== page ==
By the time he was 10, Patrick McBrayer had recorded two CDs of his work and won a regional composing competition. Now his young career is taking its next step as one of his pieces makes its world premiere Monday.
Patrick, a fifth-grader at Riverview Elementary School, composed the piece, “To the Beach,” when he was 9, orchestrated it when he was 10 and, at age 11, will make his debut on the Community Concert Hall stage as the piano soloist on the piece with the San Juan Youth Symphony.
“Concert wear is all black, except for you, maestro,” San Juan Youth Symphony Music Director and Conductor Lech Usinowicz said to Patrick at Monday night’s rehearsal. “You get to wear whatever you want, but you might run it by your mom first.”
Patrick’s journey is bolstered by talent, hard work and adults who have helped him develop his talent.
He has been musical since he was a toddler, said his mother, Anna McBrayer.
“When he was about 3, he created rhythms we couldn’t replicate,” she said of herself and her husband, Justin McBrayer. “We thought, ‘Maybe he has a sense of music.’ And he was the kind of toddler who had 20 pots and pans out to play elaborate stuff.”
After he turned 4, they enrolled him in Gabrielle Dugan’s Art, Music and Movement course for students ages 3 to 5. Based on a book she wrote years ago, Dugan designed the class to be full of play, and students learn music foundations by composing and playing pieces.
“He was composing when he was just barely learning to read music,” Anna McBrayer said. “He was making up relatively interesting pieces at the age of 5.”
Dugan, the founder of the Four Corners Music Teachers Association, is one of a number of adults who have invested in Patrick’s musical growth.
“We didn’t have access to a real, live composer in Durango,” she said. “At a Colorado Music Teachers Association meeting, I heard about a Colorado composer named Toby Tenenbaum. I heard his CD and wondered, ‘Where is this guy in Colorado?’”
Tenenbaum lives in Boulder, and she drove up to meet him, inviting him to Durango to put on a composition festival, which has continued for four years.
“He was a child composer, too, starting at 10, and the relationship he and Patrick have formed is very stimulating for Patrick,” Dugan said. “Meeting a real-life composer made Patrick think, ‘I can do this.’”
Another important connection came through St. Mark’s Episcopal Church, which the McBrayer family attends. Scott Hagler, the church’s former music director and a concert musician, taught Patrick orchestration, Anna McBrayer said. His school music teachers, Bill LaShell and Curtis Storm at Park Elementary School and now Shannon Fontenot, the music specialist at Riverview, have all added to his knowledge.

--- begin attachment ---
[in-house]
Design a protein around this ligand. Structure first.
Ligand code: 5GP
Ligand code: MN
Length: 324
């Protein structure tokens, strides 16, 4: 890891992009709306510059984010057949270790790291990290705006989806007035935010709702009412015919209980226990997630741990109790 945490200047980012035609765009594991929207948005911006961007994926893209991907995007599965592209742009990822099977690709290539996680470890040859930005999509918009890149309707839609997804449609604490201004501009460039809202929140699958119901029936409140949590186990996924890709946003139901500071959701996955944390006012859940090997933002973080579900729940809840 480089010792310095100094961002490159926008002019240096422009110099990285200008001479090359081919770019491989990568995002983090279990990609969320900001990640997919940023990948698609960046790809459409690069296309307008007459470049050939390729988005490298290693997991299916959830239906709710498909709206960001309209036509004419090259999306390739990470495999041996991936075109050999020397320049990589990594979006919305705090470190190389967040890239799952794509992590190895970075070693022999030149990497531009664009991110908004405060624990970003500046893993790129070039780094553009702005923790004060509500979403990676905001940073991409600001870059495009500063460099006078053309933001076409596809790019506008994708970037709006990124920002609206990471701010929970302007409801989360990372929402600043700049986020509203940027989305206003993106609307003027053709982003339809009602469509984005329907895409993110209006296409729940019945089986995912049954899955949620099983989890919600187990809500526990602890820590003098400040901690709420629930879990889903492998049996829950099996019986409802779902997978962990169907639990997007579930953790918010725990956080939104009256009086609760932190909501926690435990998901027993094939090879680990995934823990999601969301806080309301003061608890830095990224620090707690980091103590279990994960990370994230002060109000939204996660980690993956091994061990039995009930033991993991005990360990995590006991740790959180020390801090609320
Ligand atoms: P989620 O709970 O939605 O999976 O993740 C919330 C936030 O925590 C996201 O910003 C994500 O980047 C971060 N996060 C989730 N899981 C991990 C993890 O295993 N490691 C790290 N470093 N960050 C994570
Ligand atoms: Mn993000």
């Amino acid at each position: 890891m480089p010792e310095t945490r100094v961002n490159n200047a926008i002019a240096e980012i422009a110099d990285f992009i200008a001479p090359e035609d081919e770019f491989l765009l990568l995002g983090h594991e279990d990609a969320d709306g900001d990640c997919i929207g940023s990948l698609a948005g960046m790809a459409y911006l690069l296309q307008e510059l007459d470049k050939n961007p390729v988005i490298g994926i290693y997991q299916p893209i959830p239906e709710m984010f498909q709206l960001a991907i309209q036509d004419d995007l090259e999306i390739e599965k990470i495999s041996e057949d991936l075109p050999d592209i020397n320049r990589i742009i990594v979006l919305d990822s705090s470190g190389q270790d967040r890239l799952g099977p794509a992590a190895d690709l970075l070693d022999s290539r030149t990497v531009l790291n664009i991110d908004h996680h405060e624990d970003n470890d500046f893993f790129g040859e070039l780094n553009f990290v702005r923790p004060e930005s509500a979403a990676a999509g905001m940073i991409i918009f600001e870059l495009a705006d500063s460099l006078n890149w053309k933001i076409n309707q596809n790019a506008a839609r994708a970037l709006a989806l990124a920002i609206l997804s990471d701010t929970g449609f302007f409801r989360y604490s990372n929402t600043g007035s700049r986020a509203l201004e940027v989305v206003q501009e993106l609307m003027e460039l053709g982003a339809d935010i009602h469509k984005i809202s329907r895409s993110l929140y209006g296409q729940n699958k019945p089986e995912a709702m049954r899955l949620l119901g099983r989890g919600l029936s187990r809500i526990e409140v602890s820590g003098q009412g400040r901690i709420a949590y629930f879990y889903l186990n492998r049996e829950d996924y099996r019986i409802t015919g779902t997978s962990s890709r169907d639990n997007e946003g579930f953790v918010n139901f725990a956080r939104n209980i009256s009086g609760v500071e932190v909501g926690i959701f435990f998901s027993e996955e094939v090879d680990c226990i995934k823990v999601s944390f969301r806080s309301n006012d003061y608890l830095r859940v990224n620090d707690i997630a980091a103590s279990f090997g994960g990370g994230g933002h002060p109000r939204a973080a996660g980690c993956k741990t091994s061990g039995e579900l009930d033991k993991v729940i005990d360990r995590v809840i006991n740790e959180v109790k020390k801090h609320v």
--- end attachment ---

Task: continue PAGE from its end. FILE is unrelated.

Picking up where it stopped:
At Riverview, Patrick began studying the cello, and Fontenot lets him use a variety of instruments she keeps in her office.
“I helped get it (“To the Beach”) notated properly for orchestra,” she said. “We spent Friday afternoons making sure it was how he wanted it after I read the parts and after listening to his piano and garage band recordings of it.”
Fontenot got the symphony interested in playing the piece.
“Patrick originally orchestrated this for strings and piano,” she said, “because he wanted his classmates to perform it with him. But when we determined elementary students didn’t have the skills to perform the piece, I approached Lech, and we added percussion and got parts for the winds who play in C.”
Usinowicz loves to inspire kids to play music. In addition to the advanced students’ symphony, he also teaches and directs two orchestras each at Bayfield Elementary and Middle schools, one at Bayfield High School and the Durango Chamber Music Academy.
“I’d had one other experience of working with a student composer,” he said, “when the San Juan Symphony decided to do a piece by Corey Protheroe. I saw the remarkable things it did for his confidence. I thought this could catapult this student’s confidence in his music.”
Dugan said Patrick is a talented pianist, but his hands haven’t grown as fast as his expertise.
“He’s playing (Frédéric) Chopin’s preludes and (Ludwig van) Beethoven’s sonatas,” Dugan said, “but we have to make adjustments because of his small hands. Sometimes, we adjust the fingering, maybe playing one note in a chord with his left hand. I’d love to see him play Brahms, but his fingers just aren’t long enough yet.”
But whatever she assigns, he completes it.
“Talent is a gift, and it’s great,” she said. “But if you don’t put in the hard work, talent is nothing, and his work ethic is so terrific. He does it for the love of music and the joy it brings not only himself but other people.
“I consider him a prodigy. But he’s also just like any other kid, a pretty happy-go-lucky kid. And he’s a humble little human being.”
Soccer, mountain biking, hiking, camping and freestyle skiing are all on his list of fun things to do.
“I’m interested in architecture, too, and I’m really into science,” Patrick said.
His parents take care to keep it that way, Anna McBrayer said.
“We’ve been really careful not to overcommit,” she said. “The music is just our normal.”